Mentioned About Pages
Help the Podcast
Welcome to episode six of the Shopify Solutions Podcast. I'm your host, Scott Austin.
First I'll start off with a housekeeping note. I was not happy with the audio quality in episode five so I'm tweaking some of the audio settings for this episode. Let me know if you notice a difference. Thanks.
Now onto our episode, which is going to be on about pages. That is a plural pages as I believe most stores should have more than one about page. Here's what I'll be covering in this episode.
- The purpose of about pages
- The different types of about pages
- Measurements to use in determining where to promote your about content and to see if your about content has an impact on customers
- Best practices for content in your about pages
- Best practices for promoting your about content
- And lastly, I'll show you some examples of about pages in Shopify stores that I like
The Purpose of About Pages
So onto topic one - the purpose of our about pages. So this podcast is focused on Shopify stores. So it's fair to say that the purpose of the Shopify stores to sell products and services to customers. So your store's goal is to sell. Therefore, the purpose of your about pages is to help explain to your customers why they should be buying from you. Your content will be focused on telling your story and explaining your differentiators. You want to establish credibility and a relationship with your customers and help your brand stand out against all the competition. In today's world of eCommerce, it's dominated by the large companies like Amazon and Walmart. But for some reason your customer is on your site and it's probably because they don't want to buy from a large company. So your content on your about page is going to help explain to them how you're not a big Amazon style company and establish that personal relationship so that the customer feels comfortable buying from you and want to buy from you because of that personal relationship.
There's a motto out there that I fully believe is true with Shopify stores and that is that people buy from people. So you first of all have to have a great product, but the customer wants to hear your story. They want to know who they're buying from. And it's an important part of the purchase decision for them.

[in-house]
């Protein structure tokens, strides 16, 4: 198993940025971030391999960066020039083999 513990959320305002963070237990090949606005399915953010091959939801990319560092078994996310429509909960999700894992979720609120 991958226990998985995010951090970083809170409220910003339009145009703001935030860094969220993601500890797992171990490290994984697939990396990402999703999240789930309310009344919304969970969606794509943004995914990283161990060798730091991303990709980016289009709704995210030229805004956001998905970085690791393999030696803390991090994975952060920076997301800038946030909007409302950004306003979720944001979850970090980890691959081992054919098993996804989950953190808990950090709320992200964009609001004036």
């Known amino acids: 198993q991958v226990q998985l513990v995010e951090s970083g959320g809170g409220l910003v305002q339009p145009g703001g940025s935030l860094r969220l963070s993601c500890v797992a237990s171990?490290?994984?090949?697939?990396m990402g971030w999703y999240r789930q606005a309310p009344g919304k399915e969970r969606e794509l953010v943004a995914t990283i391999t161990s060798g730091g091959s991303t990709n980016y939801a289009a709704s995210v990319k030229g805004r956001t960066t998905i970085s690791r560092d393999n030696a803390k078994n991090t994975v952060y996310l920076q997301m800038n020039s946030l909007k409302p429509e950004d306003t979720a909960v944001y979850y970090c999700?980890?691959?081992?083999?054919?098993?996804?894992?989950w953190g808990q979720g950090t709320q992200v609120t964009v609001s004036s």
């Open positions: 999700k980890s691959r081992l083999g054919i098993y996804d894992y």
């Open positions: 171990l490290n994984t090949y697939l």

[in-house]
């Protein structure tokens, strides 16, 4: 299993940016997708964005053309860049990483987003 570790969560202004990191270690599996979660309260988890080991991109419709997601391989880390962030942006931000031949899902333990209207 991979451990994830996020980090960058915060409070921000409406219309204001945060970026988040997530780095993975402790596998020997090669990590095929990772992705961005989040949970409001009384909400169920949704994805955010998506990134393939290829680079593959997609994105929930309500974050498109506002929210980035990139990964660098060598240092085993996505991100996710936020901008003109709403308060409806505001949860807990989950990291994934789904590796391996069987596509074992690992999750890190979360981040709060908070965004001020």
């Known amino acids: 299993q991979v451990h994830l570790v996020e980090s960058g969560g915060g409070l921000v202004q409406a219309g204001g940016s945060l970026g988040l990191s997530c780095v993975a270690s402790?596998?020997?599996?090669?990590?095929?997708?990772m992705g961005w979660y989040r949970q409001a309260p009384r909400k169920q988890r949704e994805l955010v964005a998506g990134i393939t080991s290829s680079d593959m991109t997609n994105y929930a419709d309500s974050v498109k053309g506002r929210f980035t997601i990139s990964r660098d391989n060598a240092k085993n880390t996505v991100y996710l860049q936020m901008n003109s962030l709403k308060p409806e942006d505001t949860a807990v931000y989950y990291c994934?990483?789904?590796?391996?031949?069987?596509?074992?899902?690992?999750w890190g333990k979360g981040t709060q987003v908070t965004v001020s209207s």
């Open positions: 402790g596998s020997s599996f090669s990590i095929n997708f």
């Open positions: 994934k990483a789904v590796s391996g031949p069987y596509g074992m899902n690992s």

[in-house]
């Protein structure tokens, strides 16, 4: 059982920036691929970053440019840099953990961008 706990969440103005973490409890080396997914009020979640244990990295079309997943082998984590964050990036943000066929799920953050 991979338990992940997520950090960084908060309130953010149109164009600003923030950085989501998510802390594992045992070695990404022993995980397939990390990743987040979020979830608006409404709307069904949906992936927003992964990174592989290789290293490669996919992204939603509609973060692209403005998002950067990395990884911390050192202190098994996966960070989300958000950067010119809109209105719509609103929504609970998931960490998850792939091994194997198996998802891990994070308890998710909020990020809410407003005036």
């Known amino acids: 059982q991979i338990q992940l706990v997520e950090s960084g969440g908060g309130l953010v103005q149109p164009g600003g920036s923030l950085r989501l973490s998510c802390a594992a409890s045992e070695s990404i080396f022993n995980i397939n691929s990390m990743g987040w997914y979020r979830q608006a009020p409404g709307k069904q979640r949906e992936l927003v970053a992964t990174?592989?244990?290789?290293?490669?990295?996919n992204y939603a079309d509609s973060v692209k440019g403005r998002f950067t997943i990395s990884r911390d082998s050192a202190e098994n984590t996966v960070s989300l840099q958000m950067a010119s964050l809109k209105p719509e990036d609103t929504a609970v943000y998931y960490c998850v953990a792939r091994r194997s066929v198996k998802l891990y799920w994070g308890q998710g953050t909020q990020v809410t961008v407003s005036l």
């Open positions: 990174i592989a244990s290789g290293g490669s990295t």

Types of About Pages
And now topic two, the different types of about pages. Remember that I believe that your store should have more than one about page. And for each business, you're going to have to decide which about pages are best for you. Not every store has to have all three. Some will use two, some will use one, some will use all three. But you know your business best. So it's up to you to decide which ones to use. Here's the way that I bucket about pages.
The first bucket is the about us page. For me, the about us page is about the people at the company. You see there are many big companies that your customer could buy from like Amazon or Walmart. Now for some reason this customer is on your site and not on one of those big stores. And one of the predominant reasons for that is that this customer would prefer to buy from people instead of a faceless company. Not every person buys this way, but the people that don't care about the people behind the products are already buying on Amazon and the other big stores. So your about page should focus on the people. You should talk about the owners of the company, the founders of the company and tell the story. As I talk to Shopify store owners, most of them think that their stories are uninteresting. But every time I dig in and understand more about them, each one of them has a real interesting reason why they're in this business and why they're selling the products that they sell. And your customers are going to find those stories interesting. It'll help your customers connect to you. And also on your about us page, about your people, you want to talk about all the people at your company. Many Shopify stores are for small businesses with one or two people. Some of them have 10 or 25 people. You should talk about all the people at your company and show the photos of your employees.
Now the second bucket is the about our process page. Your process is that way that you do business or the way that you make your product. So that could be something like we're a green company and here's how we make our stuff in an environmentally friendly way. Or it could be something about your process and how it's unique. We source our coffee in a transparent and traceable fashion. Or maybe you get your raw materials from interesting place or desirable location that your customers want to hear about. So your process page is going to go into the way that you make your product or the way that your business is operated and explain to your customers the things about those processes that will be interesting to them or desirable to them and help differentiate you from your competition who aren't doing those things.